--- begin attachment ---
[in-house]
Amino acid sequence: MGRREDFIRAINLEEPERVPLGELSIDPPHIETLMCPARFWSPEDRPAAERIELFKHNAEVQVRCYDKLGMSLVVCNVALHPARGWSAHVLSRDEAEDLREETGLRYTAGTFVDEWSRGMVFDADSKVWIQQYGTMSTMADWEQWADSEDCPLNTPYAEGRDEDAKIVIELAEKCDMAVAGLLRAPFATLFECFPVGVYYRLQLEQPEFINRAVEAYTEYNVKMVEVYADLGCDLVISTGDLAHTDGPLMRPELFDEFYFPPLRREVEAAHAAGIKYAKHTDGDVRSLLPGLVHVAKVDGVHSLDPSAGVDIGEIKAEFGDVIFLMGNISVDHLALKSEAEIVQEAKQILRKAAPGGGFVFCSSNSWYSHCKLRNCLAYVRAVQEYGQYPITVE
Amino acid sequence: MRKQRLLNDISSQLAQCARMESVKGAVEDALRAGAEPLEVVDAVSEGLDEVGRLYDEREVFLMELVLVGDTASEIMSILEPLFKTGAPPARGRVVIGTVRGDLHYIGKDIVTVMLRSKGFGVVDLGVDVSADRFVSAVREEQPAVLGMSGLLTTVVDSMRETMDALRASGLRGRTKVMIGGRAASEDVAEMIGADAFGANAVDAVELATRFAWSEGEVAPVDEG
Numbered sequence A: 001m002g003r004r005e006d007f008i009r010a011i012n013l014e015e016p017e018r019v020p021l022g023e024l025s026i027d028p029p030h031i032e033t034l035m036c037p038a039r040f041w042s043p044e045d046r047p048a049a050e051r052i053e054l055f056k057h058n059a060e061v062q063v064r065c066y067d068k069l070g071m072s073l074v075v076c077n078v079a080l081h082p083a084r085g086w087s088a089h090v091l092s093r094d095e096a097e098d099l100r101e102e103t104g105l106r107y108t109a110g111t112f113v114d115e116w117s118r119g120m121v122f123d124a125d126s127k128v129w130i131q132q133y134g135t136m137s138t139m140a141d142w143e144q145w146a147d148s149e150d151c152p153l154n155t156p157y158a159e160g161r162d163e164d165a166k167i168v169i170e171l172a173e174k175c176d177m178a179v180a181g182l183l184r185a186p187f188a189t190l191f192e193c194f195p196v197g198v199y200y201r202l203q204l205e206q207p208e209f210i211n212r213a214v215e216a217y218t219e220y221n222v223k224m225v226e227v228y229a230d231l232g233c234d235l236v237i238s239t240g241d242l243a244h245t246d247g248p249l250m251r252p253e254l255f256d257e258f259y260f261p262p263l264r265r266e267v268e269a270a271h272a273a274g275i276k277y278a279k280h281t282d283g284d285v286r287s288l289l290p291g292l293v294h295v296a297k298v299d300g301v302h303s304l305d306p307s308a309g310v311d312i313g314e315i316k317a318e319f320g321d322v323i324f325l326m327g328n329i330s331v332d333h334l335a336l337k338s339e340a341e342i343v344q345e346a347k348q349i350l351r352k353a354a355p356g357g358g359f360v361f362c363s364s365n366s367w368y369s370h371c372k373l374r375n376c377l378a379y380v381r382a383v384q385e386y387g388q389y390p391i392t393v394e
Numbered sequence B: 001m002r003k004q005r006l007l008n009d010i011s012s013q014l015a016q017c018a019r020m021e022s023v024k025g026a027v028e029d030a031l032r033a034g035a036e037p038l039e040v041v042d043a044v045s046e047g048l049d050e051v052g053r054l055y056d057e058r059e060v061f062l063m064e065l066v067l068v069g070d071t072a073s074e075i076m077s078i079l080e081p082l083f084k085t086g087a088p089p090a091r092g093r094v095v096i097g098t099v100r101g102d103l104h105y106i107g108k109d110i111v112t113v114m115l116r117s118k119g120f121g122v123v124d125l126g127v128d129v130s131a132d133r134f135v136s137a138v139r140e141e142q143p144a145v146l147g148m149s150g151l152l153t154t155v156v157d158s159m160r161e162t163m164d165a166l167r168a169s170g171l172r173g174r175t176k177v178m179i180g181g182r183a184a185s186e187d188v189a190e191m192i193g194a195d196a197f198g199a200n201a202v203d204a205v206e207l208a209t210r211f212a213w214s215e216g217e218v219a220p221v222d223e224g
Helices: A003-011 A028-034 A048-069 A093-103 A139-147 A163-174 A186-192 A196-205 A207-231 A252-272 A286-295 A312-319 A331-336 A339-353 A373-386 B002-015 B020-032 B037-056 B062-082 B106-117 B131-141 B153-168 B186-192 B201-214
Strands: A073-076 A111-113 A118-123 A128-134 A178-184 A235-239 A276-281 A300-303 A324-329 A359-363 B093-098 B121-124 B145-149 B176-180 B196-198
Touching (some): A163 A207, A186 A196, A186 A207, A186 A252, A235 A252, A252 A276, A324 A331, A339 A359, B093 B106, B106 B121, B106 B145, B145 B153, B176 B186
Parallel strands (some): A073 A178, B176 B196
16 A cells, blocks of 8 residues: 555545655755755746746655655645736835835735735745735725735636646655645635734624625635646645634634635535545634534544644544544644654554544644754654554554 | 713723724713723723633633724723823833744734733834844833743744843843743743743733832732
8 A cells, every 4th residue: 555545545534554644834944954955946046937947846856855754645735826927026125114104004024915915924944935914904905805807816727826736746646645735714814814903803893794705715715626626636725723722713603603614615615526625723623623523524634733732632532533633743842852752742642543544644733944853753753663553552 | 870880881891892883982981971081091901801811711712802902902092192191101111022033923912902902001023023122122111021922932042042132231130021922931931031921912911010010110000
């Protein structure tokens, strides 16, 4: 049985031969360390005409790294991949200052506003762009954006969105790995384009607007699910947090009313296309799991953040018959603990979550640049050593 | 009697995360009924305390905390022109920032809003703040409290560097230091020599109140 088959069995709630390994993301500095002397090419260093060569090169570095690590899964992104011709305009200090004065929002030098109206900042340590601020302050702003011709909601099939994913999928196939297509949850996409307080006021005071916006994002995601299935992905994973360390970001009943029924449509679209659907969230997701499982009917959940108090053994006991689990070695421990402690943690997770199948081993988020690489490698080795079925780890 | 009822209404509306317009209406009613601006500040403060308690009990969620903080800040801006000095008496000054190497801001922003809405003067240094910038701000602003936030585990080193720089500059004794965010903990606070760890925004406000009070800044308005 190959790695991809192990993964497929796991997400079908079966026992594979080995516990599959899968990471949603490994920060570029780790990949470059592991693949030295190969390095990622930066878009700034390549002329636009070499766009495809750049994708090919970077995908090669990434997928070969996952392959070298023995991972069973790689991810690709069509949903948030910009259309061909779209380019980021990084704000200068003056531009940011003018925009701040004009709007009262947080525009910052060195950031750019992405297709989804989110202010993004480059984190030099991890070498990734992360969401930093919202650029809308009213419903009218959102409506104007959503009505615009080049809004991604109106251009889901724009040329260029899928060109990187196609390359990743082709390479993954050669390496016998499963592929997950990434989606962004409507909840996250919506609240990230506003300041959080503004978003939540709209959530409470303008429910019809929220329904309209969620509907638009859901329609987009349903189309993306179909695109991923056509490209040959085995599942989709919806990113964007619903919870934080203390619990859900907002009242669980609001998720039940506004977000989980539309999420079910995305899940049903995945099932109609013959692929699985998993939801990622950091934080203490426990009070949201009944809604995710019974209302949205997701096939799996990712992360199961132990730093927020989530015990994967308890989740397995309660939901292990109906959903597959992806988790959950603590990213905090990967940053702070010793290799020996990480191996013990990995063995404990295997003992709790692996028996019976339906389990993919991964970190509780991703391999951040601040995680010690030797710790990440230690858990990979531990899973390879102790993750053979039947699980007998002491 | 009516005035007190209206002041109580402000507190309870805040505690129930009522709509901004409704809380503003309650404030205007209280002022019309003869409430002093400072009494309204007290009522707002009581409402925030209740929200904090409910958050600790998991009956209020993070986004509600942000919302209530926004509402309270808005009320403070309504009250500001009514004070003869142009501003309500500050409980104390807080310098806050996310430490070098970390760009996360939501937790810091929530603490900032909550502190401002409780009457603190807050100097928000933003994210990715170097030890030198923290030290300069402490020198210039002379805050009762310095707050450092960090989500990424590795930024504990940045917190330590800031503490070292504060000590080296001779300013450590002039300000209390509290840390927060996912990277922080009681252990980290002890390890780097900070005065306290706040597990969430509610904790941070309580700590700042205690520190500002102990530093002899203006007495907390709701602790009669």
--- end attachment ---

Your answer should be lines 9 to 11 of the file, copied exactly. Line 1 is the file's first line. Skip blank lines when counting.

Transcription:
Parallel strands (some): A073 A178, B176 B196
16 A cells, blocks of 8 residues: 555545655755755746746655655645736835835735735745735725735636646655645635734624625635646645634634635535545634534544644544544644654554544644754654554554 | 713723724713723723633633724723823833744734733834844833743744843843743743743733832732
8 A cells, every 4th residue: 555545545534554644834944954955946046937947846856855754645735826927026125114104004024915915924944935914904905805807816727826736746646645735714814814903803893794705715715626626636725723722713603603614615615526625723623623523524634733732632532533633743842852752742642543544644733944853753753663553552 | 870880881891892883982981971081091901801811711712802902902092192191101111022033923912902902001023023122122111021922932042042132231130021922931931031921912911010010110000